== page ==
• $\begingroup$ Complicated picture, but real enough. However, I think campaign promises should be coupled with education. I think that would make things better. Can you please comment on this observation? $\endgroup$ – Jack Maddington Jul 10 '16 at 22:43
  • $\begingroup$ Anyways, your explanation is outstanding. But does that mean there is no better system for us than the one we have today, because knowledge acquisition is time consuming, and once all people have the new knowledge, we're on done way back to where we started with? $\endgroup$ – Jack Maddington Jul 10 '16 at 22:46
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    $\begingroup$ @JackMaddington I don't think it means there is no better system, just that it's remarkably hard to find a better system with large sweeping changes. The system we have is as it is because it is balanced between a lot of conflicting goals. If you try to rewrite the system, it still has to strike a balance between those same goals. Now what would be interesting is trying to make a process to replace politicians with AIs slowly. The issue with the original plan is you need to get the answer right on the first try, when making the AI. If the process can be slow and subtle enough to... $\endgroup$ – Cort Ammon Jul 11 '16 at 2:04
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    $\begingroup$ ... give the voting citizens time to feel out how this change affects them, it would give them time to correct any initial mistakes. Start small, and let it grow =) $\endgroup$ – Cort Ammon Jul 11 '16 at 2:04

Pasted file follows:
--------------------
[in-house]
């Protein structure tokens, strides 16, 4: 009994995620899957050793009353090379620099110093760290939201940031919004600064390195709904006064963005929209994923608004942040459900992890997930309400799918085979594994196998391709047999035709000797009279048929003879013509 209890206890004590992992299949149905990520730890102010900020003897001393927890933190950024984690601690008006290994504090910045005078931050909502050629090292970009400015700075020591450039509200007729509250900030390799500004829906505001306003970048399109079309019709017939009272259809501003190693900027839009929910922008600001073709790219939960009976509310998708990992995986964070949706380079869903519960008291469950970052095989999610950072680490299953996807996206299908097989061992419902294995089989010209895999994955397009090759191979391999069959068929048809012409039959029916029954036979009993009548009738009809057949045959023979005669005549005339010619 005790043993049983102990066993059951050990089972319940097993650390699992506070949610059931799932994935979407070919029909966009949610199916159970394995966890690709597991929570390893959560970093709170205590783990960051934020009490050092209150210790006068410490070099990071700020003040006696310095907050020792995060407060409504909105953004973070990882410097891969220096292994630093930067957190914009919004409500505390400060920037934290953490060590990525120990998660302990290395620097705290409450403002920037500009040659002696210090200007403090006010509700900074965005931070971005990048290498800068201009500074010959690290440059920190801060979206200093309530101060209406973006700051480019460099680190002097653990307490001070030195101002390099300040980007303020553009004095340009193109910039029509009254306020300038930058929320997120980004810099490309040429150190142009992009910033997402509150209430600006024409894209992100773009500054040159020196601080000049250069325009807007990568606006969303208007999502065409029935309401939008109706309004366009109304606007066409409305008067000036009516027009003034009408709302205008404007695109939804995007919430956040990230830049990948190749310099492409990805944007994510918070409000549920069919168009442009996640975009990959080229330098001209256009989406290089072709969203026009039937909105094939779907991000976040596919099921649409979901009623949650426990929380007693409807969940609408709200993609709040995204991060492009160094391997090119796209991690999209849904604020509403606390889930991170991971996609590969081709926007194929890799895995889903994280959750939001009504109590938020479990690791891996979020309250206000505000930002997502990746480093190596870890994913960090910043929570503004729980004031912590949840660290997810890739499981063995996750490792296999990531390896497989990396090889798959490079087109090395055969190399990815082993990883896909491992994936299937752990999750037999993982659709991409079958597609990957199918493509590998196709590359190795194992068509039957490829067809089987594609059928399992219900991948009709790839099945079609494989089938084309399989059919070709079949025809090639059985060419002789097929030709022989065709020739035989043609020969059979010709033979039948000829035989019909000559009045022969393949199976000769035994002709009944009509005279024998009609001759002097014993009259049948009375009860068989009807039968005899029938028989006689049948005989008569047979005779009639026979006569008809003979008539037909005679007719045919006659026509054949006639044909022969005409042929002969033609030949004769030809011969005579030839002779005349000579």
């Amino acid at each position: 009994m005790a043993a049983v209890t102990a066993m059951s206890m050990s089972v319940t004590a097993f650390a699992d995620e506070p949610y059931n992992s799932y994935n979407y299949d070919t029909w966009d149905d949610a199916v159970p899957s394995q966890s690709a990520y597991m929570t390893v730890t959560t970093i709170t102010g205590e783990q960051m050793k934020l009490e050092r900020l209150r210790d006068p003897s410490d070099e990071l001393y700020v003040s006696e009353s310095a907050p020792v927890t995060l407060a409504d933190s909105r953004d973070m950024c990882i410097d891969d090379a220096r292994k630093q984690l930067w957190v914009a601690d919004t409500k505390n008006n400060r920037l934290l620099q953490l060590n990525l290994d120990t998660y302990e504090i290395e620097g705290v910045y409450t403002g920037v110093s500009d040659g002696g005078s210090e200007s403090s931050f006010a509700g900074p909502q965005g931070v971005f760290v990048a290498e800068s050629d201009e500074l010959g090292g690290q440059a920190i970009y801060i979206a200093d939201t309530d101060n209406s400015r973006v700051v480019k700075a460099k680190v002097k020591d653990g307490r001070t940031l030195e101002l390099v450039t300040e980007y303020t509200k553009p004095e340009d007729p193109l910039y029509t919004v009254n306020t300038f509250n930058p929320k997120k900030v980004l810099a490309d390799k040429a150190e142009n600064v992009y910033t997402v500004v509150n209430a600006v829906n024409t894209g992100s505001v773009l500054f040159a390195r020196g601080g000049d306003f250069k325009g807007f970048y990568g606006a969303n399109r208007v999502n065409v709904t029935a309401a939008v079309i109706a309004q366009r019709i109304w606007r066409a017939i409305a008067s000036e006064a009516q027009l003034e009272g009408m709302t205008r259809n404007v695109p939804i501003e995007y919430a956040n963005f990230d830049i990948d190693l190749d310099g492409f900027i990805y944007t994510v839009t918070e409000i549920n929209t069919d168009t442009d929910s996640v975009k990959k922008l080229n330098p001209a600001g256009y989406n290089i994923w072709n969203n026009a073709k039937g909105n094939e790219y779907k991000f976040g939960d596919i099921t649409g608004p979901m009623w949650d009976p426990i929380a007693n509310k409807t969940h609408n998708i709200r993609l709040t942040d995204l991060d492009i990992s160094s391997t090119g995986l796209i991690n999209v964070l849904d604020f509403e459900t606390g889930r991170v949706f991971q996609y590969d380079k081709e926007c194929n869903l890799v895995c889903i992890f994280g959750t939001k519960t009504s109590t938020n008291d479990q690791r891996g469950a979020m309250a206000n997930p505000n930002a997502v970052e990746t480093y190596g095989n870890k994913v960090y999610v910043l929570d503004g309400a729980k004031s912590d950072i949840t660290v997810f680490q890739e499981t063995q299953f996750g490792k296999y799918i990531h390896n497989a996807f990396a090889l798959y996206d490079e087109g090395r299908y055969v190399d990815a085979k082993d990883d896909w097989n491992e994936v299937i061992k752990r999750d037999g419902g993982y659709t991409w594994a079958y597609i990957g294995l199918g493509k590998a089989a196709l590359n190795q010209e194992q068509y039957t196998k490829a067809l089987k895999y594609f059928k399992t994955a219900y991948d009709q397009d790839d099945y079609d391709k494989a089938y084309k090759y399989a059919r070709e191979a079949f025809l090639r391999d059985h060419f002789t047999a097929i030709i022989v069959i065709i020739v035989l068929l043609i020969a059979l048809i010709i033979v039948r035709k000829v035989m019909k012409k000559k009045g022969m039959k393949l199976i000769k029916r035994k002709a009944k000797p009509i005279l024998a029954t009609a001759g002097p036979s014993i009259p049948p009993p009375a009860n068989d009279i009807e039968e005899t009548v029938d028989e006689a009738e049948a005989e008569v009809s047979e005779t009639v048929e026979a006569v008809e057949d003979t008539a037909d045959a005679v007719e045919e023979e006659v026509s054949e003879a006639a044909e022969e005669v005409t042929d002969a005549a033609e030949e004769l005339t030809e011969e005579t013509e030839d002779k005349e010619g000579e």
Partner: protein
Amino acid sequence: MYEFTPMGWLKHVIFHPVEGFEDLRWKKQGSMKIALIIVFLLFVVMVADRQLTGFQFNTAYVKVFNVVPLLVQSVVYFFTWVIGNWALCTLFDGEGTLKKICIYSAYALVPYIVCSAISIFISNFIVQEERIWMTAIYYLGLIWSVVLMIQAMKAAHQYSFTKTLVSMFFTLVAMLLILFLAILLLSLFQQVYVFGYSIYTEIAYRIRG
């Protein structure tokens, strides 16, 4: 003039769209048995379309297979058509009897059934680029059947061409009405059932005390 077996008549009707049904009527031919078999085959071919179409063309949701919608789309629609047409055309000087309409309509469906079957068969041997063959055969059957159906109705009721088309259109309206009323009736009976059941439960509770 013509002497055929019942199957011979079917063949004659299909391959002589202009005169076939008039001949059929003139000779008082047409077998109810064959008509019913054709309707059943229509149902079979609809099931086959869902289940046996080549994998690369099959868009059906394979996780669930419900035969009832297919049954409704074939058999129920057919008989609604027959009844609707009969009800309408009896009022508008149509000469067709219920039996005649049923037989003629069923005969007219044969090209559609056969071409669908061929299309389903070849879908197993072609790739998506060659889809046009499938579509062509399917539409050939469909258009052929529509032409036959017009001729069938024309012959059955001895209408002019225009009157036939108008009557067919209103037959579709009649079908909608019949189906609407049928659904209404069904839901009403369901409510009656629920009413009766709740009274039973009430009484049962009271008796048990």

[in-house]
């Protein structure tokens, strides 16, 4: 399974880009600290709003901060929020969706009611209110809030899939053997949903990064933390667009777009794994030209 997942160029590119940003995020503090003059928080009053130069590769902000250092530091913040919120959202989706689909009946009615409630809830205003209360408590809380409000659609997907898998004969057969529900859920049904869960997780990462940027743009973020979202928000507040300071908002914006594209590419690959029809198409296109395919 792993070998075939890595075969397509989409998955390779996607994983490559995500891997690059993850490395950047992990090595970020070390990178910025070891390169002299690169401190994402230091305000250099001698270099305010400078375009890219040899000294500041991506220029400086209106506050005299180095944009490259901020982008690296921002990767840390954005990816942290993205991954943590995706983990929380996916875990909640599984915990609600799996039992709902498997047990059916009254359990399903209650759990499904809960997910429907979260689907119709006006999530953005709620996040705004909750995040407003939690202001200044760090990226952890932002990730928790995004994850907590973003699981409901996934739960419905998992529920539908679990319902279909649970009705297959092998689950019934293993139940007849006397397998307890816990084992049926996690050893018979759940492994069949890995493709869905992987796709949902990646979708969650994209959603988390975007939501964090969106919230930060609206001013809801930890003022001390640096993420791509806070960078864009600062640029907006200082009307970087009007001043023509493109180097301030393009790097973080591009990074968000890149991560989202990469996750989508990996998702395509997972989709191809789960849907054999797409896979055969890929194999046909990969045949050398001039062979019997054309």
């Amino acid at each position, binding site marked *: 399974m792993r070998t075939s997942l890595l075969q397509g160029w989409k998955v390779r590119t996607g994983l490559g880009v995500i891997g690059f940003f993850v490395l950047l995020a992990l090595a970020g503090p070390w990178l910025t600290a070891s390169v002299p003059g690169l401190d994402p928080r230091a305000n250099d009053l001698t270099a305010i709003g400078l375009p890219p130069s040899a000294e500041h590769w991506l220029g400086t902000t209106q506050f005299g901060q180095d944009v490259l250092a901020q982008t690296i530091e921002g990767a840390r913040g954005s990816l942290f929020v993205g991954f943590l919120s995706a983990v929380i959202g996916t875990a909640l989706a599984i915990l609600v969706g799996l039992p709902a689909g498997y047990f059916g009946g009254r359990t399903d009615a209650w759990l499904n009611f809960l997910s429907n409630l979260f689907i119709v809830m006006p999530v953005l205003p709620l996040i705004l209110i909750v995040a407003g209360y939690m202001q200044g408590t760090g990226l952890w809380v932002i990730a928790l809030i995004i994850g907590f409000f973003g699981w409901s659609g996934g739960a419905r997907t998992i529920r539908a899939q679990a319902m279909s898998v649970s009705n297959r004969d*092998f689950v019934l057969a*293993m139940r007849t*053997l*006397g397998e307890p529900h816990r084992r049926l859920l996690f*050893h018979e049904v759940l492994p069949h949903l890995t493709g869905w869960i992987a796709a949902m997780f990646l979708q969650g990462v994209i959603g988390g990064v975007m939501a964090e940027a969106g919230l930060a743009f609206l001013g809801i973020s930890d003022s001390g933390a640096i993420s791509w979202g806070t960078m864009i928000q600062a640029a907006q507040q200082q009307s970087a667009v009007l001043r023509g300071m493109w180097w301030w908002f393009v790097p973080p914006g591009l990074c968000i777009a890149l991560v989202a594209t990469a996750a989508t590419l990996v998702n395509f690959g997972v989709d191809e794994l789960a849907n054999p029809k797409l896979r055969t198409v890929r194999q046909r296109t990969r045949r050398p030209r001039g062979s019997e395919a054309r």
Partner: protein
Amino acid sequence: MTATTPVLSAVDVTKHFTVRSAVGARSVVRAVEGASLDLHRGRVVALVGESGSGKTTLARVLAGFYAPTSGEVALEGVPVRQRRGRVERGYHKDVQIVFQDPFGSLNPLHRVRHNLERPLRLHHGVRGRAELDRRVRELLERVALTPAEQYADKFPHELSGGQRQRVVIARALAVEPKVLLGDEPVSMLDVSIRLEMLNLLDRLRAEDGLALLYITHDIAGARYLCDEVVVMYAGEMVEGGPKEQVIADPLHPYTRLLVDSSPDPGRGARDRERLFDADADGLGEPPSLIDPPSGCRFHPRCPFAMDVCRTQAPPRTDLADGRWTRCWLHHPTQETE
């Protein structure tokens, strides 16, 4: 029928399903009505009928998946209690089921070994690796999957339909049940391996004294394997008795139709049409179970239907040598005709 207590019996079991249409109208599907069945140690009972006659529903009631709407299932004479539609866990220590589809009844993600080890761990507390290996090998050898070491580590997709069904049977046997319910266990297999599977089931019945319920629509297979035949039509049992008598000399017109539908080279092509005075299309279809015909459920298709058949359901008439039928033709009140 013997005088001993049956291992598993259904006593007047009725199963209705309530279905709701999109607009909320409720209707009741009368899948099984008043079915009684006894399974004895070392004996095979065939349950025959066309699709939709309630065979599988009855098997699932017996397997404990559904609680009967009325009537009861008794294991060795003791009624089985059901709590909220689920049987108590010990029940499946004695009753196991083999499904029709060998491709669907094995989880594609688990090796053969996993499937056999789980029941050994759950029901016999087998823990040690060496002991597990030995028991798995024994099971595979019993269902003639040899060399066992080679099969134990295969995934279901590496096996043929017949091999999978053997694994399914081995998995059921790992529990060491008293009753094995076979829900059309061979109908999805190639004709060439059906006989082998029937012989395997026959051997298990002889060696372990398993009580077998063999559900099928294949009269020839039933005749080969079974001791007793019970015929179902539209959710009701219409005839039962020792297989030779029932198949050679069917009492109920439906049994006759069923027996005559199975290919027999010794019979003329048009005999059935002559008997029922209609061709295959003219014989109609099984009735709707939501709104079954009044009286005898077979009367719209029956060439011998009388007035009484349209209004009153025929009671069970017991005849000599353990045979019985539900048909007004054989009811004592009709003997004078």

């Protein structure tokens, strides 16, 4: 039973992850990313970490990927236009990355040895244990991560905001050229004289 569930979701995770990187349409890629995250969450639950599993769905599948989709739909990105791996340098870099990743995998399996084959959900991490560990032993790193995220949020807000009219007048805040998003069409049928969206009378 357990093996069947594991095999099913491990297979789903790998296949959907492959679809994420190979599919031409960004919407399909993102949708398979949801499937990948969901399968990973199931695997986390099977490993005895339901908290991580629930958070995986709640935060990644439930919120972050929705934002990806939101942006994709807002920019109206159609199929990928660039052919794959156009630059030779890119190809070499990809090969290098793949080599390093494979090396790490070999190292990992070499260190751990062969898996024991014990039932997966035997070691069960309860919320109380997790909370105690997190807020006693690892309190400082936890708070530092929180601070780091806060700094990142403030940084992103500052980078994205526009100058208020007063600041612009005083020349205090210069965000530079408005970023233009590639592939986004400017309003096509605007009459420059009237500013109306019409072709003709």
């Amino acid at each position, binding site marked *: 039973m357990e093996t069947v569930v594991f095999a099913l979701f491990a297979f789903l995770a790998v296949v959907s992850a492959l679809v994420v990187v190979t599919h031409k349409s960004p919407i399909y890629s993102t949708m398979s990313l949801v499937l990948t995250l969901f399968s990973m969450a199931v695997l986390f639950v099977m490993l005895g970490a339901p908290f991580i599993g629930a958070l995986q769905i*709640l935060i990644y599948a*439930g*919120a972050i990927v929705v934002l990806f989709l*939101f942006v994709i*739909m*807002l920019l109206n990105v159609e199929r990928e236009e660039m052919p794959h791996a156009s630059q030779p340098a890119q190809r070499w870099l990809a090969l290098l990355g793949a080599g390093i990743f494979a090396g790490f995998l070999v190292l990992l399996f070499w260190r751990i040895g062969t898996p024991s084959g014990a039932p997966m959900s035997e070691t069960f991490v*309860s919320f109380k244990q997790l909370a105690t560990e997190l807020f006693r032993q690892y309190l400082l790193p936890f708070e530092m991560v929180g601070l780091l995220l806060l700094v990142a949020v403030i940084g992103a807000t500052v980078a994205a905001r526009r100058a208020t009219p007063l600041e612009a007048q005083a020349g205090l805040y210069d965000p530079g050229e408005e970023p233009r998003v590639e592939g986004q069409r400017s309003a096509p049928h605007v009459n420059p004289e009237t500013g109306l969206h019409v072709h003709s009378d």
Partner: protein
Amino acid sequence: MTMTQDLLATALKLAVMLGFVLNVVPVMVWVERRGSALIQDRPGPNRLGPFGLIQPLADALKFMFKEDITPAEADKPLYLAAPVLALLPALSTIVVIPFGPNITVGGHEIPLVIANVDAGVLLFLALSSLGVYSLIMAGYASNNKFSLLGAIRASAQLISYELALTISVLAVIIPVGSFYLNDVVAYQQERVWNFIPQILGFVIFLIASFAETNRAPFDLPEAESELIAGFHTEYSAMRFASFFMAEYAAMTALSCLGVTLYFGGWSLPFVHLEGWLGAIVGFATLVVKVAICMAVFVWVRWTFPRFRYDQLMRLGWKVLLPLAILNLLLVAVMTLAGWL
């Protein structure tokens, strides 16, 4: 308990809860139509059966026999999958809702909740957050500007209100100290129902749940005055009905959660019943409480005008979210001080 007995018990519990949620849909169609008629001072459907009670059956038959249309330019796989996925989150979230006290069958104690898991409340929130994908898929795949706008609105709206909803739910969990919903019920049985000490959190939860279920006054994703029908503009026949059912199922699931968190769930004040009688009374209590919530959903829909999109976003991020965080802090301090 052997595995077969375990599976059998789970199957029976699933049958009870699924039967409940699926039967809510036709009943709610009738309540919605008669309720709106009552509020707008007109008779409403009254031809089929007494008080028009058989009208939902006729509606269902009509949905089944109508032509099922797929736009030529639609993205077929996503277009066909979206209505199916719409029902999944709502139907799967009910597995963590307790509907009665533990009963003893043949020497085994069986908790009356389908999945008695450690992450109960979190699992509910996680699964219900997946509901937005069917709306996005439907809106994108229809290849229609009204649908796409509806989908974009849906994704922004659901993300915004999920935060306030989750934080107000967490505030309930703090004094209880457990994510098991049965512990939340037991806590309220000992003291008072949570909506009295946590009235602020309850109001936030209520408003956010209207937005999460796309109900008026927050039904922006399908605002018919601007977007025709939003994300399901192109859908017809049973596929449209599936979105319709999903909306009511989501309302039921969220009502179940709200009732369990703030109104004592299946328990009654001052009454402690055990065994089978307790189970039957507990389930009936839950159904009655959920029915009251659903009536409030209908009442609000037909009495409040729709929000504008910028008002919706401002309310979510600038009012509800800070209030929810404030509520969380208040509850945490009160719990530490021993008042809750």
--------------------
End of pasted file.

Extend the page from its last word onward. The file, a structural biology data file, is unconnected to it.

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    $\begingroup$ I'm certain each political party has several computer simulations to help them with such things, and I know I've seen the in games. Think tanks use them all the time. However, my favorite incubator for such ideas is Isaac Asimov's series of books about the Three Laws of Robotics. They were such good laws that they still stand tall 70 years later. I haven't heard of any rules that have been found to be "better." And yet, Asimov made a living off writing books about all the ways the Three Laws could fail. Each book explored a different loophole than the last. $\endgroup$ – Cort Ammon Jul 11 '16 at 14:42

Usually the term robot is used for machines with some sort of manipulators. What you are looking for would be an AI which may or may not be running on a robot; it could be running on a virtual machine in a cloud as well. But language use may be shifting in this regard.